Article | Published:

Reprogramming human endothelial cells to haematopoietic cells requires vascular induction

Nature volume 511, pages 312318 (17 July 2014) | Download Citation

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Abstract

Generating engraftable human haematopoietic cells from autologous tissues is a potential route to new therapies for blood diseases. However, directed differentiation of pluripotent stem cells yields haematopoietic cells that engraft poorly. Here, we have devised a method to phenocopy the vascular-niche microenvironment of haemogenic cells, thereby enabling reprogramming of human endothelial cells into engraftable haematopoietic cells without transition through a pluripotent intermediate. Highly purified non-haemogenic human umbilical vein endothelial cells or adult dermal microvascular endothelial cells were transduced with the transcription factors FOSB, GFI1, RUNX1 and SPI1 (hereafter referred to as FGRS), and then propagated on serum-free instructive vascular niche monolayers to induce outgrowth of haematopoietic colonies containing cells with functional and immunophenotypic features of multipotent progenitor cells (MPPs). These endothelial cells that have been reprogrammed into human MPPs (rEC-hMPPs) acquire colony-forming-cell potential and durably engraft into immune-deficient mice after primary and secondary transplantation, producing long-term rEC-hMPP-derived myeloid (granulocytic/monocytic, erythroid, megakaryocytic) and lymphoid (natural killer and B cell) progenies. Conditional expression of FGRS transgenes, combined with vascular induction, activates endogenous FGRS genes, endowing rEC-hMPPs with a transcriptional and functional profile similar to that of self-renewing MPPs. Our approach underscores the role of inductive cues from the vascular niche in coordinating and sustaining haematopoietic specification and may prove useful for engineering autologous haematopoietic grafts to treat inherited and acquired blood disorders.

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Primary accessions

Gene Expression Omnibus

Data deposits

Data have been deposited in the GEO database under accession number GSE57662.

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Acknowledgements

V.M.S. is supported by Empire State Stem Cell Board (ESSCB) and New York State Department of Health (NYSDH C026878). S.R. is supported by Ansary Stem Cell Institute (ASCI), HHMI, ESSCB/NYSDH (C024180, C026438, C026878, C028117), NHLBI (R01HL097797, R01HL119872, U01 HL099997), NIDDK (R01DK095039) , NCI (U54CA163167), Qatar National Priorities Research Foundation grant NPRP08-663-3-140 and the Qatar Foundation BioMedical Research Program. J.M.S. is supported by grants from NCI (CA159175 and CA163167), NHLBI (HL119872 and HL055748), Starr Foundation and a Leukemia & Lymphoma Society Scholar award. J.M.B. is supported by an American Society of Hematology Scholar Award, NHLBI U01-HL099997 and Angiocrine Bioscience and ASCI. We acknowledge the contribution of J. Z. Xiang and Agnes J. Viale for enabling and executing molecular profiling, and E. Gars for technical support. We appreciate W. Schachterle for recommendations and edits of the manuscript.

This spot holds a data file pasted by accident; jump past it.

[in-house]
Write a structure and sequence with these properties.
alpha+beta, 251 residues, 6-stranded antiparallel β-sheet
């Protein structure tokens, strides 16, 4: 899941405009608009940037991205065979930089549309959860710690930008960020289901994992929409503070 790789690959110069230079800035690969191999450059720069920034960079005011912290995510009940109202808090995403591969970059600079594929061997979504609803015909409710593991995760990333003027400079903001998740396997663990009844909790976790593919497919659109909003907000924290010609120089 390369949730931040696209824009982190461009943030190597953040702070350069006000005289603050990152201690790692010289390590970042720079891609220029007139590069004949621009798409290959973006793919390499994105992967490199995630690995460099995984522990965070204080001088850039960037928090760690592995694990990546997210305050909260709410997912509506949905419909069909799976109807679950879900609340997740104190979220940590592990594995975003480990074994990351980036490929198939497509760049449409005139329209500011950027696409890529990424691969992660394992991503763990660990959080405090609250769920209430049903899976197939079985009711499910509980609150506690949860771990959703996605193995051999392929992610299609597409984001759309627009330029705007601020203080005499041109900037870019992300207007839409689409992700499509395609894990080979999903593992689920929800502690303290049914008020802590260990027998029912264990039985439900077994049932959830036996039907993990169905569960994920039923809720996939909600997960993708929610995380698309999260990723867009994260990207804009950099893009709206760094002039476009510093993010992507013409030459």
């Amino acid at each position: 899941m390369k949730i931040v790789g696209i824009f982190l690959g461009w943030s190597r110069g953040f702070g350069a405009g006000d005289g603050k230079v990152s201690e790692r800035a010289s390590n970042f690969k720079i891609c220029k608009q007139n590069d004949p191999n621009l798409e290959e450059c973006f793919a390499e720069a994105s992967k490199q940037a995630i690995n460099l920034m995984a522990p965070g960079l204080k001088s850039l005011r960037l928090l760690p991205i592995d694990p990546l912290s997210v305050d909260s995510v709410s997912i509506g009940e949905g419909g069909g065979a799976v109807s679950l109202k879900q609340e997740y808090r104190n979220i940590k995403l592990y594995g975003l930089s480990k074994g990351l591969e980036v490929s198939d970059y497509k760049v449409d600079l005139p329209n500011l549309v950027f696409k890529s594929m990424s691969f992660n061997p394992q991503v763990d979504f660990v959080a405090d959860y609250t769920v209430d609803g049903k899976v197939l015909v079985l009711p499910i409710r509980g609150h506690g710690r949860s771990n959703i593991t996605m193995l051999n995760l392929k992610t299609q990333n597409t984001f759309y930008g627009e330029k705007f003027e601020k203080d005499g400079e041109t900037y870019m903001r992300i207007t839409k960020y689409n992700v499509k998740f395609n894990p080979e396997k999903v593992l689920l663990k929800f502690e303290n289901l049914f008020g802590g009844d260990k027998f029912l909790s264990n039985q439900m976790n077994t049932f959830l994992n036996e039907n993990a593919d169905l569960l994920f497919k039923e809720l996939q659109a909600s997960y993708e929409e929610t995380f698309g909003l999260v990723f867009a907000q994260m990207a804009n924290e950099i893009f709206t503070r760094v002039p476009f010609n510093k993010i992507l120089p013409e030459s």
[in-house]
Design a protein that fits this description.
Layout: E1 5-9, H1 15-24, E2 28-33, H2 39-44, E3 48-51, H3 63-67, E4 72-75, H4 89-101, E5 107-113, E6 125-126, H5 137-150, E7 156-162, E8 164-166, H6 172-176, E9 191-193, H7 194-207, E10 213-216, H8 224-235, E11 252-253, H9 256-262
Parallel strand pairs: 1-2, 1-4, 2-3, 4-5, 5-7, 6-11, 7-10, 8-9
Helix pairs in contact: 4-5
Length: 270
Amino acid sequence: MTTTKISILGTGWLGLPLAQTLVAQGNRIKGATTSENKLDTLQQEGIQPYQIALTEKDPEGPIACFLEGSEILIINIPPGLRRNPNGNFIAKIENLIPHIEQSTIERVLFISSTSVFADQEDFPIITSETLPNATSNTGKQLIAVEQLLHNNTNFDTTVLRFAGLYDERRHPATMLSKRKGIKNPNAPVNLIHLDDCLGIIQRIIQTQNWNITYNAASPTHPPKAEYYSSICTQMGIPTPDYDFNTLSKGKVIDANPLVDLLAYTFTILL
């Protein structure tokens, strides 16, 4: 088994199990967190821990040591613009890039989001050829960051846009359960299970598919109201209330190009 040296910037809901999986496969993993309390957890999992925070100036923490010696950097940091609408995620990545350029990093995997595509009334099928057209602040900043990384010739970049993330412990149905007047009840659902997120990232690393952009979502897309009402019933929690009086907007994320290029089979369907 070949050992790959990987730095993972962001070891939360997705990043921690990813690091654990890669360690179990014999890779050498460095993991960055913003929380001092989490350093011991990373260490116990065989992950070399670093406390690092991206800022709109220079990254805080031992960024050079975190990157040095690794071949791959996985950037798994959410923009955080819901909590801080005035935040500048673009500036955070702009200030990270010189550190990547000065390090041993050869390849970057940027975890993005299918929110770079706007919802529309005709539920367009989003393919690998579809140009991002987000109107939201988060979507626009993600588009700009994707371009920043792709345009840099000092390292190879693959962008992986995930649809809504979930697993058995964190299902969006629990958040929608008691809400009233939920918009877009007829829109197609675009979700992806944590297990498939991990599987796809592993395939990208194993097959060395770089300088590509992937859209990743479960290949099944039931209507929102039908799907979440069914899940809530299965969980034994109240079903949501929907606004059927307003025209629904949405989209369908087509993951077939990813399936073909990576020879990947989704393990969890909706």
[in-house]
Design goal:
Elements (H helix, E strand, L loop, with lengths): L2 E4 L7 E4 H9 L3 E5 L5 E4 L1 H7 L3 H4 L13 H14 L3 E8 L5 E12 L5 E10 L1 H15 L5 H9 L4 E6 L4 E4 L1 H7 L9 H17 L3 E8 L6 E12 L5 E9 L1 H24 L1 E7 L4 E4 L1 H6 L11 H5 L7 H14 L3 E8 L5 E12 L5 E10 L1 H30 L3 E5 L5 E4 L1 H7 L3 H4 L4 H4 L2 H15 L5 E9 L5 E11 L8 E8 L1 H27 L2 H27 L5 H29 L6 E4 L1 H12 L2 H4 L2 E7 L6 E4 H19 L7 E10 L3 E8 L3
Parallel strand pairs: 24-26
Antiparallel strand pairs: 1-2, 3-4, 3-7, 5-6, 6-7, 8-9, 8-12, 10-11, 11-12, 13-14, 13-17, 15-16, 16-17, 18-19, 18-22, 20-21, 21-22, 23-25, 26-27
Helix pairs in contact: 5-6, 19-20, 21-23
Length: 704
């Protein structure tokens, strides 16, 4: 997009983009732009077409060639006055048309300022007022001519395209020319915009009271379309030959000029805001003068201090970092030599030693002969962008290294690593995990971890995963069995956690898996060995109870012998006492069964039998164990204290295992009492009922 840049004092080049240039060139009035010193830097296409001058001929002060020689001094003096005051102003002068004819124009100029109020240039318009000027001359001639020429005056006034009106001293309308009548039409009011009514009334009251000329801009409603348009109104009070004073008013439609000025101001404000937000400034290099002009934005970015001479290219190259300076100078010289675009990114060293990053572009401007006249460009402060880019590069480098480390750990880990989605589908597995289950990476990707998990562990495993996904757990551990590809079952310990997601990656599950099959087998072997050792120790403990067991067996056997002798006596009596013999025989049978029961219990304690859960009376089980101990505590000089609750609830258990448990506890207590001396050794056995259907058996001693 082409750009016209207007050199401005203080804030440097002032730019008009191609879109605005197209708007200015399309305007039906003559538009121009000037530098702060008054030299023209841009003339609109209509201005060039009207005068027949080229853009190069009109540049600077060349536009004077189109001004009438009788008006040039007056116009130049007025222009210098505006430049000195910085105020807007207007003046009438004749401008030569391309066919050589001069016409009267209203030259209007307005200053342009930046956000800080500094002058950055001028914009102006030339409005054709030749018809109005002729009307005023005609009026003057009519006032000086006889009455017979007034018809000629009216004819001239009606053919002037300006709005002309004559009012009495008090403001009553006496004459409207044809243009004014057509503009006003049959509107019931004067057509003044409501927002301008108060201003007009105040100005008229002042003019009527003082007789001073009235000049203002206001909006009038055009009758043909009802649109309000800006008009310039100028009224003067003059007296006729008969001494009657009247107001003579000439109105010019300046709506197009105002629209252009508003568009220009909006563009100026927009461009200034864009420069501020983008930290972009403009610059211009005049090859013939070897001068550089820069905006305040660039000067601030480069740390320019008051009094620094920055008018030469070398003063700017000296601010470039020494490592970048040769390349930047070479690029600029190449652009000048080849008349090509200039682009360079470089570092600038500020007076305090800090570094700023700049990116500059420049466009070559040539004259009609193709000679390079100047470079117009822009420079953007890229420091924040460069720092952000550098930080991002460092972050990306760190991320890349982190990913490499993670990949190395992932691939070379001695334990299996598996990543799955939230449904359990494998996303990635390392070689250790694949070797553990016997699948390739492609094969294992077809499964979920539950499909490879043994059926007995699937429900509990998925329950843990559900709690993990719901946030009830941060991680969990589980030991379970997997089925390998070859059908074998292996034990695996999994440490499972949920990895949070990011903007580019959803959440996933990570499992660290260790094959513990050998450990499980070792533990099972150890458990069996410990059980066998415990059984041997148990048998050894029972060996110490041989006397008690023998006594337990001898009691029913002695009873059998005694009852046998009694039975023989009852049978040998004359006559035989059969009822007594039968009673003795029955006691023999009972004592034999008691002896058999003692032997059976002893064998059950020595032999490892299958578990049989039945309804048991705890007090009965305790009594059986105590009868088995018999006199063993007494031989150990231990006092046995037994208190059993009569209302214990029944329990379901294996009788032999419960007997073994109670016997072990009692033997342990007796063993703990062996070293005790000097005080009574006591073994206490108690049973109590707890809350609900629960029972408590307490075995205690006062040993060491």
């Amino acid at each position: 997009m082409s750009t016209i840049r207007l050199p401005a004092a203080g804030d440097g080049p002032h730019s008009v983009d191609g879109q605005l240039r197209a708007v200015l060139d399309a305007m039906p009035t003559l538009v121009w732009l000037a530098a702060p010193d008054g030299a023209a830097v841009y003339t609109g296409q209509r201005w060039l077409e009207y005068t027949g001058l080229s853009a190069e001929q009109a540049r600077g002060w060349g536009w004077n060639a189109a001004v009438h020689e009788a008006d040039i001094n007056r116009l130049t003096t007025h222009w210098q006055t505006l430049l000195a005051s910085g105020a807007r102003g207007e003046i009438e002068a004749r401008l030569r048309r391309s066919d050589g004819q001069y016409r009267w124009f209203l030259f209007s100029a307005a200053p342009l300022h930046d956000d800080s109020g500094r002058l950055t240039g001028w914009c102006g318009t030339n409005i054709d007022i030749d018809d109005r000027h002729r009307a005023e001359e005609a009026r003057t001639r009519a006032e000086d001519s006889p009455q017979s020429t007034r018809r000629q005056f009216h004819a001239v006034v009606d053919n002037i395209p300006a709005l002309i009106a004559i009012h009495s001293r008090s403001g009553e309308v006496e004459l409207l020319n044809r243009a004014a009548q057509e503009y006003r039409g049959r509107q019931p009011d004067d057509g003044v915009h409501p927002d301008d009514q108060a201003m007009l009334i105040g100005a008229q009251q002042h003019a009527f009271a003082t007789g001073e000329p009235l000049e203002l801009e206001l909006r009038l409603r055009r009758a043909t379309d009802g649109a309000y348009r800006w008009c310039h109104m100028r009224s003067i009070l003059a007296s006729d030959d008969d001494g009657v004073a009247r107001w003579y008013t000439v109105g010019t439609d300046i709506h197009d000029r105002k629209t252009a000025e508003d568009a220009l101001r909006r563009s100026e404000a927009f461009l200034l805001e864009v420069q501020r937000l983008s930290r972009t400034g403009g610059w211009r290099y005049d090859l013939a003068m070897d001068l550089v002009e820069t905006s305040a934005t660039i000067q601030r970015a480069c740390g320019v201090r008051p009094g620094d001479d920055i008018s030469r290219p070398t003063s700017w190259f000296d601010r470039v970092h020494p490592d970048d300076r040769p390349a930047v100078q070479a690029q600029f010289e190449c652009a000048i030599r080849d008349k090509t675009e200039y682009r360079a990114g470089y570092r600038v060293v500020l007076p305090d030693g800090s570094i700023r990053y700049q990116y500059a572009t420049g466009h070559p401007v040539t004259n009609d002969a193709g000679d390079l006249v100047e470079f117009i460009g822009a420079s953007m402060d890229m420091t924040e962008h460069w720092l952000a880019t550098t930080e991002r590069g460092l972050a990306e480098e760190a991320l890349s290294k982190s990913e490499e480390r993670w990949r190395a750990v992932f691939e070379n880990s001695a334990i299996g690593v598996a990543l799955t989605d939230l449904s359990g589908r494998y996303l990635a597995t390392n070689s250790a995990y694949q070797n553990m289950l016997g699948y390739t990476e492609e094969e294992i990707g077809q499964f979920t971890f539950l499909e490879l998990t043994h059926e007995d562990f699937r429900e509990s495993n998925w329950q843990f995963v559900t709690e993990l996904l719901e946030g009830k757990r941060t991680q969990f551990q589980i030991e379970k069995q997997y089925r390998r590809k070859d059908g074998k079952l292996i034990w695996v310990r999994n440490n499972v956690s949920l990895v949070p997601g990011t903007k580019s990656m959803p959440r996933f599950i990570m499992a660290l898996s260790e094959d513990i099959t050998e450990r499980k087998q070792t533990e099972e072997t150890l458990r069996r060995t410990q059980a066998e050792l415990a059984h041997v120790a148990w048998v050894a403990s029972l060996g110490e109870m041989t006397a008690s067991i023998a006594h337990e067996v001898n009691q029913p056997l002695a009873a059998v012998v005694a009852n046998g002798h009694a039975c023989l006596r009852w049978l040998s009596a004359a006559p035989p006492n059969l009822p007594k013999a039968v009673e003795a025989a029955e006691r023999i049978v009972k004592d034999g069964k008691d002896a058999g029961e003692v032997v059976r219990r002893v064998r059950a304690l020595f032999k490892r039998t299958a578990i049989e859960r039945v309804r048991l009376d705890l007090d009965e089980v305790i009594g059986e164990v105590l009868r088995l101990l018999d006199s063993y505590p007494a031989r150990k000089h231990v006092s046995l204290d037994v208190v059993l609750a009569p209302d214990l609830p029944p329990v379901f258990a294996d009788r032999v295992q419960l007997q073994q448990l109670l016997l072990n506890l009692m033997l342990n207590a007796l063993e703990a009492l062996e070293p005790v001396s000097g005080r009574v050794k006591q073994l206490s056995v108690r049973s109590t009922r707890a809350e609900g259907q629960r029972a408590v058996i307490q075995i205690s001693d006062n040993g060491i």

Author information

Affiliations

  1. Ansary Stem Cell Institute, Department of Genetic Medicine, and Howard Hughes Medical Institute, Weill Cornell Medical College, New York, New York 10065, USA

    • Vladislav M. Sandler
    • , Raphael Lis
    • , Ying Liu
    • , Alon Kedem
    • , Daylon James
    • , Jason M. Butler
    •  & Shahin Rafii
  2. Ronald O. Perelman and Claudia Cohen Center for Reproductive Medicine, Weill Cornell Medical College, New York, New York 10065, USA

    • Raphael Lis
    • , Alon Kedem
    •  & Daylon James
  3. HRH Prince Alwaleed Bin Talal Bin Abdulaziz Alsaud Institute for Computational Biomedicine, Weill Cornell Medical College, New York, New York 10065, USA

    • Olivier Elemento
  4. Department of Medicine, Hematology-Oncology, Weill Cornell Medical College and the New York Presbyterian Hospital, New York, New York 10065, USA

    • Joseph M. Scandura

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Contributions

V.M.S. and S.R. conceived and designed the project, performed experiments, analysed the data and wrote the manuscript. R.L., Y.L. and J.M.B. performed experiments, interpreted and analysed data. J.M.S. interpreted, analysed data and wrote the manuscript. D.J., O.E. and A.K. performed the experiments and analysed the data. All authors commented on the paper.

Competing interests

S.R. is the founder of and consultant to Angiocrine Bioscience New York, NY. J.M.B. received sponsored research funding from Angiocrine Bioscience New York, NY.

Corresponding author

Correspondence to Shahin Rafii.

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DOI

https://doi.org/10.1038/nature13547

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